Franchise records for career goals (61), assists (101), points (162), and games played (430) while wearing the no. 10 are all held Vic Venasky. Warren Rychel spent 655 minutes in the sin bin over only 157 games, making him the most penalized player to wear the Kings no. 10 sweater. The team’s single-season no. 10 goal scoring record of 18 is shared by Venasky (1975-76) Daniel Audette (1988-89) and Mike Richards (2011-12) Richards also holds the Kings no. 10 single-season assist title, posting 30 helpers over the 2013-2014 championship campaign. Mathieu Schneider tops the single-season no. 10 points chart with 43 points during the 2002-03 season. Finally, it’s no surprise Rychel’s 1993-94 season total of 322 penalty minutes (the fourth-highest single-season PIMS recorded in team history) is also the no. 10 single-season record.
Who wore No. 10 best?
Vic Venasky — (1972-1979)
Brother-in-law of former Kings teammate Mike Murphy (himself a previous “Who Wore It Best? honoree) the 5’10”, 169-pound forward played his entire seven-season NHL career with the Kings. As noted above, he leads all Kings’ no. 10’s in career goals, assists, points. and games played. His 61 career goals ties him with three other players for 51st place on the Kings all-time goal-scoring chart, while his 101 career assists and 430 games played places him 49th and 34th respectively among franchise leaders all-time.
Known for his “quick speed, scoring abilities and smart play-making“ the Thunder Bay, Ontario native took a then-unusual route to the NHL. After leaving junior hockey, he attended the University of Denver, where he lead the WCHA in scoring his freshman season and earned All-America honors. The following season he was leading the entire NCAA in scoring before suffering a knee injury, prematurely ending his college career. Upon leaving the Pioneers, he made the leap directly to the NHL, making the Kings, who had drafted him in the the third-round (34th overall) in the 1971 Entry Draft, directly out of training camp. He appeared in 77 games for the Forum Blue and Gold that season posting 15 goals and 19 assists, and was named the team’s rookie of the year.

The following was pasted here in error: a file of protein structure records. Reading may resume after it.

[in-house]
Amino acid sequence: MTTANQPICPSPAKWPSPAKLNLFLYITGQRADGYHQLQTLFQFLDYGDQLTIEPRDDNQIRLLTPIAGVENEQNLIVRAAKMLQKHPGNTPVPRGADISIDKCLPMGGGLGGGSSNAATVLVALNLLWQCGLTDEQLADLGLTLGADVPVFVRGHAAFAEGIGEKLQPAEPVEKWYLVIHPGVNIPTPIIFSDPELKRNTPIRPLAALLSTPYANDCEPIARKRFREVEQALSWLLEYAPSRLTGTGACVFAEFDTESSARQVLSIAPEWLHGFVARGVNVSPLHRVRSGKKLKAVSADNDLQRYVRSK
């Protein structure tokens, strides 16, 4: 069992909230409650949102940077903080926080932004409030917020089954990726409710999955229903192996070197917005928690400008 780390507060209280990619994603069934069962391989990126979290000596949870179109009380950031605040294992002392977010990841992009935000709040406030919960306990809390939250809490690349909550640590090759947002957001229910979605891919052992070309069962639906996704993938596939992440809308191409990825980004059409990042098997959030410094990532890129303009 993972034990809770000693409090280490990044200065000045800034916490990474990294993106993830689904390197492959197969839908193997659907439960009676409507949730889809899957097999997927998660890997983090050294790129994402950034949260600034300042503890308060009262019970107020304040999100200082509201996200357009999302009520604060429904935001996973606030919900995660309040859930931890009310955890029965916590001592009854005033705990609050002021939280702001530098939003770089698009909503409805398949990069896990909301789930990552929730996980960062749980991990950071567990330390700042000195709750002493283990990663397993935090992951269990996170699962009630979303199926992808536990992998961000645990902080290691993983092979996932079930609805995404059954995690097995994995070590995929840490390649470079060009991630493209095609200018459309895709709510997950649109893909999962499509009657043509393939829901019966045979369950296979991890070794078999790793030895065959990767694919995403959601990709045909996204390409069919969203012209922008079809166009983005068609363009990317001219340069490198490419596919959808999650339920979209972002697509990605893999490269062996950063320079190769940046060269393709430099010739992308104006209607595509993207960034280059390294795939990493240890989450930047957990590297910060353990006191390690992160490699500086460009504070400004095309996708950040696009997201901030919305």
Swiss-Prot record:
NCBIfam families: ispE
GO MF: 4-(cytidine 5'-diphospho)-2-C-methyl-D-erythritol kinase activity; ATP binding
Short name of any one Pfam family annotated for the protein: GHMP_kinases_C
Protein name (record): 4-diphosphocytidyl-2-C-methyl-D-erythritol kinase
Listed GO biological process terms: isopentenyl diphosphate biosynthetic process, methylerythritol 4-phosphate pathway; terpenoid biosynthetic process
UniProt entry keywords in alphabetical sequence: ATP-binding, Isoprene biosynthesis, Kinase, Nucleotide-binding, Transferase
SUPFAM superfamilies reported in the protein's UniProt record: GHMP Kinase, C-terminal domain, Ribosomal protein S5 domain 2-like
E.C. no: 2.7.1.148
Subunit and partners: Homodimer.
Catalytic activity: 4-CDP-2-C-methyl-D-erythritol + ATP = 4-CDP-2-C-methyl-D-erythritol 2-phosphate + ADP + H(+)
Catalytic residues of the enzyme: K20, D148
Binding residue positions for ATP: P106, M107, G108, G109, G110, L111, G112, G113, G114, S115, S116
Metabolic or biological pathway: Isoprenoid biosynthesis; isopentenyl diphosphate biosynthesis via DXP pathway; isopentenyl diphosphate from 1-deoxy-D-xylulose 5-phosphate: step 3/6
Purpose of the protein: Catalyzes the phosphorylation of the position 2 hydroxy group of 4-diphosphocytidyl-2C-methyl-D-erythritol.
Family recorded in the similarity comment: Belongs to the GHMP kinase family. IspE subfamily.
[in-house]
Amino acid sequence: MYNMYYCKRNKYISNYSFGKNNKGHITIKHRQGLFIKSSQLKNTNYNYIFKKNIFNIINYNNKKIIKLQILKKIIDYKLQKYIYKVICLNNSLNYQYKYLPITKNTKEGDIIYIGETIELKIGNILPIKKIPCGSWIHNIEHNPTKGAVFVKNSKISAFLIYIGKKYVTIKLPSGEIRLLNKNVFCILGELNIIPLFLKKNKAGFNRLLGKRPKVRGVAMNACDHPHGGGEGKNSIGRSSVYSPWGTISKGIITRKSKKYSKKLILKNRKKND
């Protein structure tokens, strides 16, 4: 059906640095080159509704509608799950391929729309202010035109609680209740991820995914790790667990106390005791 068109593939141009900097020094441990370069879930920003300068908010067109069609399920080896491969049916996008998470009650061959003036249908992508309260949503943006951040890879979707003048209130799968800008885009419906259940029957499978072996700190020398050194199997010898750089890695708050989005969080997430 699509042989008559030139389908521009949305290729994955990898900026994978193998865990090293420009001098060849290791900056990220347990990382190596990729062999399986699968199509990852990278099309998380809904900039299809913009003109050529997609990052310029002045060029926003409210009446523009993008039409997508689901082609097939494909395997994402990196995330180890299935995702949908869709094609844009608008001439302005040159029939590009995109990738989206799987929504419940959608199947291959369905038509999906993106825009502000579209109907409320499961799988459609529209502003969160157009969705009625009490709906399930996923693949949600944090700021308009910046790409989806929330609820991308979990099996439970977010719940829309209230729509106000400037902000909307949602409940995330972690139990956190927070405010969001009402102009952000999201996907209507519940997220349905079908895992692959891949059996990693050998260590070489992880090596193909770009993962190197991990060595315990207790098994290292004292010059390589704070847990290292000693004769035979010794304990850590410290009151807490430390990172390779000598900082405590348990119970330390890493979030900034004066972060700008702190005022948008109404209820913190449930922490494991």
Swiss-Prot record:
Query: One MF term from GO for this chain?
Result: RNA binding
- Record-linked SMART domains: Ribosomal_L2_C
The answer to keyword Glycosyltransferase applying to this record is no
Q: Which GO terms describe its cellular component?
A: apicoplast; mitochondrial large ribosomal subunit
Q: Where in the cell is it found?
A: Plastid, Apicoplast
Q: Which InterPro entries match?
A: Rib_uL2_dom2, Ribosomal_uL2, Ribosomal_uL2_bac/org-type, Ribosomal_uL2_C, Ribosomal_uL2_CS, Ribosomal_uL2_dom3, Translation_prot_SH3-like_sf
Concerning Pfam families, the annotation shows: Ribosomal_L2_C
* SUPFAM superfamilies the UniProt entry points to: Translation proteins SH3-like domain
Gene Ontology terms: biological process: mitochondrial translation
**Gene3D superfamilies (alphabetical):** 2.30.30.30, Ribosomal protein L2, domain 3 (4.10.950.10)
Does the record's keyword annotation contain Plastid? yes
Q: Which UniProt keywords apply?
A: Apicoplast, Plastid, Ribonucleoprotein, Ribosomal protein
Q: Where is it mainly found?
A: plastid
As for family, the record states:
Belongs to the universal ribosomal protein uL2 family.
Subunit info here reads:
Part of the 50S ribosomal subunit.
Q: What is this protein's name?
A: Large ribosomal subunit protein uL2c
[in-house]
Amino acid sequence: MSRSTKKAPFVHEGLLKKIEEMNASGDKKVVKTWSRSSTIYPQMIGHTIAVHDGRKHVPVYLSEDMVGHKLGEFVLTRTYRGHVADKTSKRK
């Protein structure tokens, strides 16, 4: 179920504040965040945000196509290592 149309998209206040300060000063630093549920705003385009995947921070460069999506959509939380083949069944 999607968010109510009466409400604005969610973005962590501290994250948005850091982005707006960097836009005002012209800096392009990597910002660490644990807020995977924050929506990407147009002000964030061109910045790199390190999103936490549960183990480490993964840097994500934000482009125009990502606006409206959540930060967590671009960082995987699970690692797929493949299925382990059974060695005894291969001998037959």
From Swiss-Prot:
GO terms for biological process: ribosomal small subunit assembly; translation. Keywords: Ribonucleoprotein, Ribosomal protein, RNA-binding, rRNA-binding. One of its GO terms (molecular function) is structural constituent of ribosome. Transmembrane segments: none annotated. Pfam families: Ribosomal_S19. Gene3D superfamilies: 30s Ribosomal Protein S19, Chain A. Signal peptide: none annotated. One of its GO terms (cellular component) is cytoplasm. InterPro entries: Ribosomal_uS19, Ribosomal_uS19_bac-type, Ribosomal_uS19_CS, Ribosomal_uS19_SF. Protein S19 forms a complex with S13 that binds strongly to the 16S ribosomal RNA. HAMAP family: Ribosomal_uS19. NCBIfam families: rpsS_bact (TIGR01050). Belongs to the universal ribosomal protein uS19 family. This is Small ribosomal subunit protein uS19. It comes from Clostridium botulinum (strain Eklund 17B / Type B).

Plagued by groin injuries the following two seasons Venasky shuttled between Inglewood and the minor leagues before sticking with the big club for good beginning with the 1975-76 season. He played in all 80 games that season, scoring a career-best 18 goals and 44 points. The following season he again played in all 80 games, putting the biscuit in the basket 14 times and totaling 40 points. However a shift from his natural position of center to right wing for the 1977-78 season resulted in a huge drop off in Venasky’s offensive production, during which he posted only three goals and 10 assists in 71 games. The following season, he again failed to regain the scoring touch he exhibited earlier in his career, managing only 4 goals and 17 points in 73 games. That season turned out to be his last in the NHL. After returning to the minors and then playing in Switzerland, Venasky was out of pro hockey by 1981.
Upon his retirement Venasky returned to Southern California. He stayed involved in the game coaching youth hockey, club-level college hockey, and operating both a hockey school and “Vic’s Pro Shop” out of the Skating Edge Ice Arena in Harbor City. He also worked as a compliance inspector with the ports in both Los Angeles and Long Beach. He was inducted into the Northwestern Ontario Sports Hall of Fame in 2000.
Agree or disagree with the selection of Vic Venasky as the Kings’ “No. 1 of No. 10s?” Feel free to share your thoughts in the comments below or hit up Mark on Twitter at @MarkDevoreNHL. Stay safe, and as always, Go Kings Go!